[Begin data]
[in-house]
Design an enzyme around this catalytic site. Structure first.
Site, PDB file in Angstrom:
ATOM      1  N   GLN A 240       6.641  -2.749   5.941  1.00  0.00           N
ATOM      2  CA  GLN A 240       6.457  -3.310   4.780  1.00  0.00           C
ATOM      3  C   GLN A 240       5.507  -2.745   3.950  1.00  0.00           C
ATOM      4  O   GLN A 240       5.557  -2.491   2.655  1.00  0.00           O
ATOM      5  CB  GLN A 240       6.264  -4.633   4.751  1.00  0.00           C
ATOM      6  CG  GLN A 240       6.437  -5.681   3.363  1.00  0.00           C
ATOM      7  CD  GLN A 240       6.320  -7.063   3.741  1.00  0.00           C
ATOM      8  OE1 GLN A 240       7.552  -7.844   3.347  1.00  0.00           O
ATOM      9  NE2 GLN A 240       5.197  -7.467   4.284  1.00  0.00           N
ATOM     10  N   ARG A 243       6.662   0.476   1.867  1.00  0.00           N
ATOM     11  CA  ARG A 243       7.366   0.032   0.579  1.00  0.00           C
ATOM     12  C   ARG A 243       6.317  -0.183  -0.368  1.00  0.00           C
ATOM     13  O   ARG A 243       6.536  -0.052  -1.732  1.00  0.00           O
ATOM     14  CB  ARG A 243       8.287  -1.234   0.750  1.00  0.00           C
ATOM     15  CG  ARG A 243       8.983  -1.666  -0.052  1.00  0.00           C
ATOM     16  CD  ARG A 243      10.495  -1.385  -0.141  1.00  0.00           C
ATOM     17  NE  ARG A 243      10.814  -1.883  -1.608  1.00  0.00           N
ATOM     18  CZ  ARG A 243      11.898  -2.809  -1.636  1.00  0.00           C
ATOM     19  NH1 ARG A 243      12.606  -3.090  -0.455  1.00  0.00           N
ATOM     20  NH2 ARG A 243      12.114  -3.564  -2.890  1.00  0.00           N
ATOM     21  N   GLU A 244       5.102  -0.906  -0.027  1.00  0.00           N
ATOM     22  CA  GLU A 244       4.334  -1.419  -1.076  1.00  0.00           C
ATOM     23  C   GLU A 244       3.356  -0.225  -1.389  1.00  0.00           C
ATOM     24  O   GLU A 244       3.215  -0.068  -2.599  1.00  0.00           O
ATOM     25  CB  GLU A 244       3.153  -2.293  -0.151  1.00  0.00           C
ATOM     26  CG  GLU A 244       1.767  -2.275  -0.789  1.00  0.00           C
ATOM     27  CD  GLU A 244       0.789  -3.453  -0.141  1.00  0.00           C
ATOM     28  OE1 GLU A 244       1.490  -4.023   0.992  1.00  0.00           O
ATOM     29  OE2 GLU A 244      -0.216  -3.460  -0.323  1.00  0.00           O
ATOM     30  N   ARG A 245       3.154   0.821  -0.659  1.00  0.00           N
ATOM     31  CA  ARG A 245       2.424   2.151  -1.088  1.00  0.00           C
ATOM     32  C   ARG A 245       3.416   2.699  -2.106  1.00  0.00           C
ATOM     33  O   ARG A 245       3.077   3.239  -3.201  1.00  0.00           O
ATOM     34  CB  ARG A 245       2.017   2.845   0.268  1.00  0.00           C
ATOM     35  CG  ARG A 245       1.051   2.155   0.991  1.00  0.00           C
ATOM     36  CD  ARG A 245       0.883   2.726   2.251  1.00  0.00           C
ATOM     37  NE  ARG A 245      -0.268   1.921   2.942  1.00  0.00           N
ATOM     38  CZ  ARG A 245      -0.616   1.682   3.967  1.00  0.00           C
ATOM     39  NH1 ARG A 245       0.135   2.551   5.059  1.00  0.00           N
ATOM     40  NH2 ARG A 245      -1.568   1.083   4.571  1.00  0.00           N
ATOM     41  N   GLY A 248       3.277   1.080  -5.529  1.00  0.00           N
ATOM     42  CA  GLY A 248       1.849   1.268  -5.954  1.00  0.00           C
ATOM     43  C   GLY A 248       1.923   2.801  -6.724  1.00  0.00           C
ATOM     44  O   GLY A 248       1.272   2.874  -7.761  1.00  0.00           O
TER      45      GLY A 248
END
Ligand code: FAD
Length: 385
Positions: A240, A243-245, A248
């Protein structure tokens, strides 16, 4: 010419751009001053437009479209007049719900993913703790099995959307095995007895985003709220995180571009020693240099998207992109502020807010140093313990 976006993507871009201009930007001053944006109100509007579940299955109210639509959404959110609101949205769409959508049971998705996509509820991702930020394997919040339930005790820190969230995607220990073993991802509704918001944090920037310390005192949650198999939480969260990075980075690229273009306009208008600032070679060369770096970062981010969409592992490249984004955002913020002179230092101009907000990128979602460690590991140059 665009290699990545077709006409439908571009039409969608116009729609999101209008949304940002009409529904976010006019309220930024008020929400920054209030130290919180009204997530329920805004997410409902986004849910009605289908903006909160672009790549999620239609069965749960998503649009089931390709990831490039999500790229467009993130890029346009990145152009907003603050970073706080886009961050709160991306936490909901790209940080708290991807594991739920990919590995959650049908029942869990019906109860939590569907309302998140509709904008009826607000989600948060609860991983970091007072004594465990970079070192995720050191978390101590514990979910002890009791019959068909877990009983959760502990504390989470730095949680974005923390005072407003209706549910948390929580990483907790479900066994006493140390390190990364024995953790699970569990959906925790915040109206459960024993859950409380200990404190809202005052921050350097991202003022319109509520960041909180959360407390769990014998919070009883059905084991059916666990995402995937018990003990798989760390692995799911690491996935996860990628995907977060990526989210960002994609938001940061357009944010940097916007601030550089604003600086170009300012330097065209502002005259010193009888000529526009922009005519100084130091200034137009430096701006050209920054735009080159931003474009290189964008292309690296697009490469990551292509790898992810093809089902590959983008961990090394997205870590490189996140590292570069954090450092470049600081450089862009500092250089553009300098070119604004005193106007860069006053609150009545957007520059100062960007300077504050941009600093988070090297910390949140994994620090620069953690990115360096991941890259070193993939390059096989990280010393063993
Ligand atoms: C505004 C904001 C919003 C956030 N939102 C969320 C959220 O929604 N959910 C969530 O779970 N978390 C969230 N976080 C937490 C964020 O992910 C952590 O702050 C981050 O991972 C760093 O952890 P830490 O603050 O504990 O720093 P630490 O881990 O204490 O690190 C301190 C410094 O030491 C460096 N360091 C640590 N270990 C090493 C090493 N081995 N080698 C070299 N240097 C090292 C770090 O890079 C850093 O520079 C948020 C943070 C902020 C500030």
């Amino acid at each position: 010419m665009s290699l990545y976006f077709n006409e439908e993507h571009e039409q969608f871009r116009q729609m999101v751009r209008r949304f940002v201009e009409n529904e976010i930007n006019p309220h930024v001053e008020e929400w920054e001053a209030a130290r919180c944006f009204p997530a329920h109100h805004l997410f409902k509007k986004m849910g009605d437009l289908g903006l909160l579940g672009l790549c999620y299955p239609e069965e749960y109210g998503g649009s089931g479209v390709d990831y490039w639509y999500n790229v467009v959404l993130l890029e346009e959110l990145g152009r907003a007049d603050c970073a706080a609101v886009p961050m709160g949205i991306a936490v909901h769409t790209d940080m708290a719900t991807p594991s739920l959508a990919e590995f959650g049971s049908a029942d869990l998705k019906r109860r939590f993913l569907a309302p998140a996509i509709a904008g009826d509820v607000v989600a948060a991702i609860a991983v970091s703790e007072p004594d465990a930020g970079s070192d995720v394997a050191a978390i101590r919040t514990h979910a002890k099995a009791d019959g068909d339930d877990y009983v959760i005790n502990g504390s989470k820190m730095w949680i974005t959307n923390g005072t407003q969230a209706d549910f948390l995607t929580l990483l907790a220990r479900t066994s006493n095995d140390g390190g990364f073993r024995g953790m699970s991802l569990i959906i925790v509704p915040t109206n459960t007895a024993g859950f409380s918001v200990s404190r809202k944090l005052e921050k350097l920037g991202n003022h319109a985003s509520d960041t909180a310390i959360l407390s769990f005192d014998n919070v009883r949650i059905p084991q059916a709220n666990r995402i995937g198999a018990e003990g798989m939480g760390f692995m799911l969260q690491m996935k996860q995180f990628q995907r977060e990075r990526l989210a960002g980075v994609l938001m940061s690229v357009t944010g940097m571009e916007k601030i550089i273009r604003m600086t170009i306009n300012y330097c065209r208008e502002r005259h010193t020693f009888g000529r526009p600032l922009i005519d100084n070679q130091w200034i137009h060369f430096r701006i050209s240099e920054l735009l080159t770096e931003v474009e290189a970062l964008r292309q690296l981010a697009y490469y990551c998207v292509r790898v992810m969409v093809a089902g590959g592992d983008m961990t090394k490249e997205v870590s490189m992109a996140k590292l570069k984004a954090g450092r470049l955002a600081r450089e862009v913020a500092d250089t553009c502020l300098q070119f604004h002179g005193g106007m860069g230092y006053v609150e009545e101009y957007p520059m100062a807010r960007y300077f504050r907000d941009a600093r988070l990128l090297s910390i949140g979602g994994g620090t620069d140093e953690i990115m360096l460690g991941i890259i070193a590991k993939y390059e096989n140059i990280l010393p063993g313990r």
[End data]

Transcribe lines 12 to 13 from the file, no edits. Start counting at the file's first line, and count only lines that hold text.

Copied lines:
ATOM      9  NE2 GLN A 240       5.197  -7.467   4.284  1.00  0.00           N
ATOM     10  N   ARG A 243       6.662   0.476   1.867  1.00  0.00           N